• An optional version string can be provided.
    • This version string is meaningful only to the plugin and is transmitted unchanged from the cloud to the plugin.
    • The version string can include constraints (as at least that version), from the sm-agent viewpoint this is no more than a string.
    • If no version is provided the plugin is free to install the more appropriate version.
  • An optional file path can be provided.
    • When the device administrator provides an url, the sm-agent downloads the software module on the device, then invoke the install command with a path to that file.
    • If no file is provided, the plugin has to derive the appropriate location from its repository and to download the software module accordingly.
  • The command installs the requested software module and any dependencies that might be required.
    • It is up to the plugin to define if this command triggers an installation or an upgrade. It depends on the presence of a previous version on the device and of the ability of the package manager to deal with concurrent versions for a module.
    • A plugin might not be able to install dependencies. In that case, the device administrator will have to request explicitly the dependencies to be installed first.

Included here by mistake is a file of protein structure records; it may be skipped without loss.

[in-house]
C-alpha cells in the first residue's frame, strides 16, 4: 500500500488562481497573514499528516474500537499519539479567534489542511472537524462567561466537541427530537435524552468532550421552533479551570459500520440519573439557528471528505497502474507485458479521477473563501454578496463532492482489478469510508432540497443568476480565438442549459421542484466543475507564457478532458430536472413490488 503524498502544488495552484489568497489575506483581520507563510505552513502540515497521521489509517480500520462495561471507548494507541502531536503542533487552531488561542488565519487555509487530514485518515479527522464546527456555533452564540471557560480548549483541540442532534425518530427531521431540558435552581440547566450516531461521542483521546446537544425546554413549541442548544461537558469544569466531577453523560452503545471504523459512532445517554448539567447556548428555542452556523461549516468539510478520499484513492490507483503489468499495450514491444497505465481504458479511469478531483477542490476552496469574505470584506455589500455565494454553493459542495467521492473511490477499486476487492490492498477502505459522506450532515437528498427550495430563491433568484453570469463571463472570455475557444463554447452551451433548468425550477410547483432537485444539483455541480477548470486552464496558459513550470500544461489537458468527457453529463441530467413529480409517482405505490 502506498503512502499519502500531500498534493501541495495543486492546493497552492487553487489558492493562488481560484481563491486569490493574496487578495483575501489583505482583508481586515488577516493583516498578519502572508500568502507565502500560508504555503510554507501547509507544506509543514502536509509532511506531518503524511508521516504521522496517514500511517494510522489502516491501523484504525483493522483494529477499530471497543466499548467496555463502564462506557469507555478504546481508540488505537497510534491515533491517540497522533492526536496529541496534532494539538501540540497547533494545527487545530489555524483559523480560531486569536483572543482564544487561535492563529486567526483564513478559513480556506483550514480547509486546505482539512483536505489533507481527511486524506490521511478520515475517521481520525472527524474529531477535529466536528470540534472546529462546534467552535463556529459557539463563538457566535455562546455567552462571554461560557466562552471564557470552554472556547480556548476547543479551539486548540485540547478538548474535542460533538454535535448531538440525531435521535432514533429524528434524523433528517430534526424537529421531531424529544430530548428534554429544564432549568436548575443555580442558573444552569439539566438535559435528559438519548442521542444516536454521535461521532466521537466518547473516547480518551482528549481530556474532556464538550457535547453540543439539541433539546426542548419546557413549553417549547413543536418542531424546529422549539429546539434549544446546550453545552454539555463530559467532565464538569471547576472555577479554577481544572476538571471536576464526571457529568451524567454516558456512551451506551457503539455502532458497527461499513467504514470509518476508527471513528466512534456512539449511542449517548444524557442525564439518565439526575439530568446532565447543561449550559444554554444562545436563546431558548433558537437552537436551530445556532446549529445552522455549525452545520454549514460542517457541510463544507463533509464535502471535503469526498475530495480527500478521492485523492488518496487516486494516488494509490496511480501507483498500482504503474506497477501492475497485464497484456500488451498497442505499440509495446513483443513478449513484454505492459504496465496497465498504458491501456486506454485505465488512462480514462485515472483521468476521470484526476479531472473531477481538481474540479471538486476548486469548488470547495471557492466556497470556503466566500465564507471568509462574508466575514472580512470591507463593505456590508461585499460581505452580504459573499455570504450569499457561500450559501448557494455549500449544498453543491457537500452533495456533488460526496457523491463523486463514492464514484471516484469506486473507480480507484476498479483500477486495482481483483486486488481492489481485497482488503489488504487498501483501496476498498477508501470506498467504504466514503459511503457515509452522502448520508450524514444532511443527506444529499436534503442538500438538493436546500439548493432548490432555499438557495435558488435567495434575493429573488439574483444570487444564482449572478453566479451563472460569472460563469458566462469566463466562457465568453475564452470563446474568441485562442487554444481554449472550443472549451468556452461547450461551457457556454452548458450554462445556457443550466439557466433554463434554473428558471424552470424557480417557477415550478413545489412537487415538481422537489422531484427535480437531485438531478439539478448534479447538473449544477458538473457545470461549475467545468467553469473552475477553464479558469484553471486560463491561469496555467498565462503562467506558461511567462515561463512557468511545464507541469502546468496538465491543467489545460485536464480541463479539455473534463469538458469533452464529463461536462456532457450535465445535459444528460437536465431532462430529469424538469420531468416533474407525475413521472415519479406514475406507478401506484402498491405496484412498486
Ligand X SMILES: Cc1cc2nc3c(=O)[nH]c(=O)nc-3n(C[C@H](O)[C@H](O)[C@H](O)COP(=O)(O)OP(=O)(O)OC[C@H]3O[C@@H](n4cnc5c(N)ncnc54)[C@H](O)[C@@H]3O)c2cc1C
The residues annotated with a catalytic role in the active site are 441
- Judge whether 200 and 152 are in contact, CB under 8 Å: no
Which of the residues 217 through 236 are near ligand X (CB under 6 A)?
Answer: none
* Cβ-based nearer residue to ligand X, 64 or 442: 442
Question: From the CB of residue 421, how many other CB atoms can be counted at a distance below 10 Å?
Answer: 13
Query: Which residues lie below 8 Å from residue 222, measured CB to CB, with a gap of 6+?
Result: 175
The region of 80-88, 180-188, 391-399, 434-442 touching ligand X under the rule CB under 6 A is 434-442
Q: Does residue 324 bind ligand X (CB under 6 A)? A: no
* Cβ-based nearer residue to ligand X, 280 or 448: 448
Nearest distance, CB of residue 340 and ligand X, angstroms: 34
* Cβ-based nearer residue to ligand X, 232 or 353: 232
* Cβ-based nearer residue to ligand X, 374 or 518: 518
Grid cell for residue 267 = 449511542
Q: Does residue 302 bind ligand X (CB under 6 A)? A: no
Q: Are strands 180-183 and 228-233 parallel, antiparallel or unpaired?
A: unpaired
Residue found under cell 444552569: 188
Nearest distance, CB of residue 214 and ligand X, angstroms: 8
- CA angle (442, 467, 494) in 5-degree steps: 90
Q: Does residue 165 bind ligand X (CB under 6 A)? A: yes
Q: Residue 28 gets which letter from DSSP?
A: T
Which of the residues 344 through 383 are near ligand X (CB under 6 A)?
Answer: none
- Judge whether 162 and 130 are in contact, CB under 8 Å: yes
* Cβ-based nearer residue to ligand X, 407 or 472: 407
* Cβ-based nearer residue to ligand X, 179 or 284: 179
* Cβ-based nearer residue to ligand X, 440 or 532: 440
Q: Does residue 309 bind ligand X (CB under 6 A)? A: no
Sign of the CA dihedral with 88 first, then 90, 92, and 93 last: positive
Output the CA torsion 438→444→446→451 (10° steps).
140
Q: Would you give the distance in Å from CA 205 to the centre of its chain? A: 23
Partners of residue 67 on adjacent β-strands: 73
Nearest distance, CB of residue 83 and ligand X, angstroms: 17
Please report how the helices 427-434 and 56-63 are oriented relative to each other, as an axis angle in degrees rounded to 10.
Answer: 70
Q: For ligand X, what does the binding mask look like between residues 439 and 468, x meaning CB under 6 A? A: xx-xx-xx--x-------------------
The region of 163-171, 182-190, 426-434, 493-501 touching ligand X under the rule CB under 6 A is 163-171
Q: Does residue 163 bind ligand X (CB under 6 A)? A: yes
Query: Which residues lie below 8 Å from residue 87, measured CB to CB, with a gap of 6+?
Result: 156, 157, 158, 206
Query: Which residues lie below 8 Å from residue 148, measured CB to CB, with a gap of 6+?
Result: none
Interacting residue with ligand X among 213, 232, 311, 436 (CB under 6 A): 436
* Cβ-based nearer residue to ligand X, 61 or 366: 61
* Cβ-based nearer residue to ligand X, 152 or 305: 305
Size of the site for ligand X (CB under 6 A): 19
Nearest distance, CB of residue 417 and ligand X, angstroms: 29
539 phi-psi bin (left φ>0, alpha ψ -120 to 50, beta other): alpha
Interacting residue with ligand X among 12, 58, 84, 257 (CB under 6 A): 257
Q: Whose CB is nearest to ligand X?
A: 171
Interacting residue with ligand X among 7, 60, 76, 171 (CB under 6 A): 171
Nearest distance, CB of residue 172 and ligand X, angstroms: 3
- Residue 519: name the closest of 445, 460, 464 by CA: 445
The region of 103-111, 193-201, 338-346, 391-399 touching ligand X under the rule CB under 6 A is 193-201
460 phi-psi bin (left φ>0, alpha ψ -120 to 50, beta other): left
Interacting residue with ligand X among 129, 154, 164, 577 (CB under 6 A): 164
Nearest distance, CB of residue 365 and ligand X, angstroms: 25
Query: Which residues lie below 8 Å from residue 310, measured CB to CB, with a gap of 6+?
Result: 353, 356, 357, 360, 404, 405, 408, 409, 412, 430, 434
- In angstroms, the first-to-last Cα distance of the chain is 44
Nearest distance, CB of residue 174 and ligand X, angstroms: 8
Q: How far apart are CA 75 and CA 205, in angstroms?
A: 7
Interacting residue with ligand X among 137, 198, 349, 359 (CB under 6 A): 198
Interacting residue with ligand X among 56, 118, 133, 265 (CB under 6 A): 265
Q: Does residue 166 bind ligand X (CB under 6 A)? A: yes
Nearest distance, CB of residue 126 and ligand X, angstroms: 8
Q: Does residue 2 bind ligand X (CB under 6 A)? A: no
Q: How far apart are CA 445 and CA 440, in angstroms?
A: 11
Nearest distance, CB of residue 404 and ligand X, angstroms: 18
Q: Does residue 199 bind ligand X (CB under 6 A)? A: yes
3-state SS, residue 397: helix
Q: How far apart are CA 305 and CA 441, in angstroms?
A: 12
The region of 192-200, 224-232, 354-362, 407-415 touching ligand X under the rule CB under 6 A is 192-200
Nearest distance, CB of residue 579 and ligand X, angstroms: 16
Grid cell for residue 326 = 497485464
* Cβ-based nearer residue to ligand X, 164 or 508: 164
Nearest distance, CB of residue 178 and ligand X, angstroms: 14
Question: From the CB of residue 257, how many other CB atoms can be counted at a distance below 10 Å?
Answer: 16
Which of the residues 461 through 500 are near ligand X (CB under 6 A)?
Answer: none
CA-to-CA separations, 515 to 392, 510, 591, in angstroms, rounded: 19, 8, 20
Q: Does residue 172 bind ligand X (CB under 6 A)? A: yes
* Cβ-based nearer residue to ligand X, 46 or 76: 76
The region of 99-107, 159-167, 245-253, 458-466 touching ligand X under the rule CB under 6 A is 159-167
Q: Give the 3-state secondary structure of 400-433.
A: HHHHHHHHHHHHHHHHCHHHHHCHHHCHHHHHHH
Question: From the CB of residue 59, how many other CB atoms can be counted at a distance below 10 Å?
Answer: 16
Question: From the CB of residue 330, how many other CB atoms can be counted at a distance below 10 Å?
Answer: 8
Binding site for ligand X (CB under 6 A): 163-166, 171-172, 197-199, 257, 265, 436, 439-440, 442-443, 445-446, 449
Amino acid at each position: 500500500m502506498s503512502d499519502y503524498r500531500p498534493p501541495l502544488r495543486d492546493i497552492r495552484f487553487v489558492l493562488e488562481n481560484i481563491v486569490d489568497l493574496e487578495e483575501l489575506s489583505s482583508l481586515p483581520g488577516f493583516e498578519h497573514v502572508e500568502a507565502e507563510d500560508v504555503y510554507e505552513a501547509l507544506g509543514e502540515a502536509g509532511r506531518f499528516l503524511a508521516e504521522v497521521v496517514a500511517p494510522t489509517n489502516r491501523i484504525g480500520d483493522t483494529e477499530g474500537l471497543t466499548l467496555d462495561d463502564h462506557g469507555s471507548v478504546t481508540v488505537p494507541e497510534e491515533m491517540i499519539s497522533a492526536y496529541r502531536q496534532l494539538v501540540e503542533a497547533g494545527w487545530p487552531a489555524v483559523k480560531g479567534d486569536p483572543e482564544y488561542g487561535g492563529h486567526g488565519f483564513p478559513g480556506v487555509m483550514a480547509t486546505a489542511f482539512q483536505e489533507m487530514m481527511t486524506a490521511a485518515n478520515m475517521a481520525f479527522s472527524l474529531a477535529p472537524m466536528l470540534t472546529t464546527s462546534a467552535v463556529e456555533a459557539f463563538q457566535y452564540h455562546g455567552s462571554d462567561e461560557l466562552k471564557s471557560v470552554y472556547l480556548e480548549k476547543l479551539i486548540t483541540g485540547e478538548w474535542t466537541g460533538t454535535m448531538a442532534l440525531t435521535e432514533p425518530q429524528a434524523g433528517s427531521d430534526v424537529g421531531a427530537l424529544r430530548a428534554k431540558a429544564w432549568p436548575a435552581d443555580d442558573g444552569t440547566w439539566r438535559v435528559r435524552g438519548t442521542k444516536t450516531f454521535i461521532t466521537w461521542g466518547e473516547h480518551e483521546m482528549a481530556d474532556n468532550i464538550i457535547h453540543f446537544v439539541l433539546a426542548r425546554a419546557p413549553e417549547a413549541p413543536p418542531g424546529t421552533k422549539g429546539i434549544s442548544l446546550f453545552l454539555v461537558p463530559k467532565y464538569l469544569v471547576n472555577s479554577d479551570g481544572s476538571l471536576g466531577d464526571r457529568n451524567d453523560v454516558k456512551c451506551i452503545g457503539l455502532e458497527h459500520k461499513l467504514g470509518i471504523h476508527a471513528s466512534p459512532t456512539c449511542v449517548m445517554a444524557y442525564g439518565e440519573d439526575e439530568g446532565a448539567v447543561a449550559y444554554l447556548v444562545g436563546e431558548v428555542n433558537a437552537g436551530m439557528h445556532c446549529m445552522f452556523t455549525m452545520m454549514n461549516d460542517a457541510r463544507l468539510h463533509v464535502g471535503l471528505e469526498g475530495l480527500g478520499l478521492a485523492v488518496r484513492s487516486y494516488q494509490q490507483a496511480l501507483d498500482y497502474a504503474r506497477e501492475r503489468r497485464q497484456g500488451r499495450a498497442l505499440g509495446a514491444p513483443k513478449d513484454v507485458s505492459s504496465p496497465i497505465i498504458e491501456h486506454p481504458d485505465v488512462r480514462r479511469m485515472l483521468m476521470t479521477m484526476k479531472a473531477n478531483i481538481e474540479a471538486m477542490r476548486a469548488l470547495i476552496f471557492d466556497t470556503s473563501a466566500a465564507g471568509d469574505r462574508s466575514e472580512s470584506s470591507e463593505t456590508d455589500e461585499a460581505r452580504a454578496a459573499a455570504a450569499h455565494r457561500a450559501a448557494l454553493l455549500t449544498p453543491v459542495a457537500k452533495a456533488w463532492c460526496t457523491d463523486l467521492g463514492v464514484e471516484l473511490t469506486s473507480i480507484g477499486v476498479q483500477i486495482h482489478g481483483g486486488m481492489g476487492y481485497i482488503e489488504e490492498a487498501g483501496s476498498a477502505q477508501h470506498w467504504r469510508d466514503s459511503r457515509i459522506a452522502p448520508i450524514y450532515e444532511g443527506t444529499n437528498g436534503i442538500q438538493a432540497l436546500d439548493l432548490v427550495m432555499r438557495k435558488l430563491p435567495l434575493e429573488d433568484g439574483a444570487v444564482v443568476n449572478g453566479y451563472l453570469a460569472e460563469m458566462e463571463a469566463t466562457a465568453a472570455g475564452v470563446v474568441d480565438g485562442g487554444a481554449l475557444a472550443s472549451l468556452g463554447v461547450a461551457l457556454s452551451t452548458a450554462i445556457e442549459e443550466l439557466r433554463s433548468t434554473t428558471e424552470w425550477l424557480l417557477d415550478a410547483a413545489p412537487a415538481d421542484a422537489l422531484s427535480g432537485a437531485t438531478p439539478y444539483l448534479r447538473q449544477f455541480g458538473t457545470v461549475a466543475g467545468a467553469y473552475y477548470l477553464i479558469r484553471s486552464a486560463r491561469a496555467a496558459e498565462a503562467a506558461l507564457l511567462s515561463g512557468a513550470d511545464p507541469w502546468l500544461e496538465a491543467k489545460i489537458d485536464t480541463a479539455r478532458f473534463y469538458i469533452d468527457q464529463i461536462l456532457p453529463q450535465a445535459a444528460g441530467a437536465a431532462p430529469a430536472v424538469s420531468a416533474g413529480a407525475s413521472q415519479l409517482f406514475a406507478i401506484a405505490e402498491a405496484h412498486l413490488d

• After a successful sequence prepare; install foo; finalize the module foo must be reported by the list command.
    • After a successful sequence prepare; install foo --module-version v; finalize the module foo must be reported by the list command with the version v. If the plugin manage concurrent versions, the module foo might also be reported with versions already installed before the operation.
    • A plugin is not required to detect inconsistent actions as prepare; install a; remove a-dependency; finalize.
    • This is not an error to run this command twice or when the module is already installed.
  • An error must be reported if:
    • The module name is unknown.
    • There is no version for the module that matches the constraint provided by the --version option.
    • The file content provided by --file option:
      • is not in the expected format,
      • doesn't correspond to the software module name,
      • has a version that doesn't match the constraint provided by the --module-version option (if any).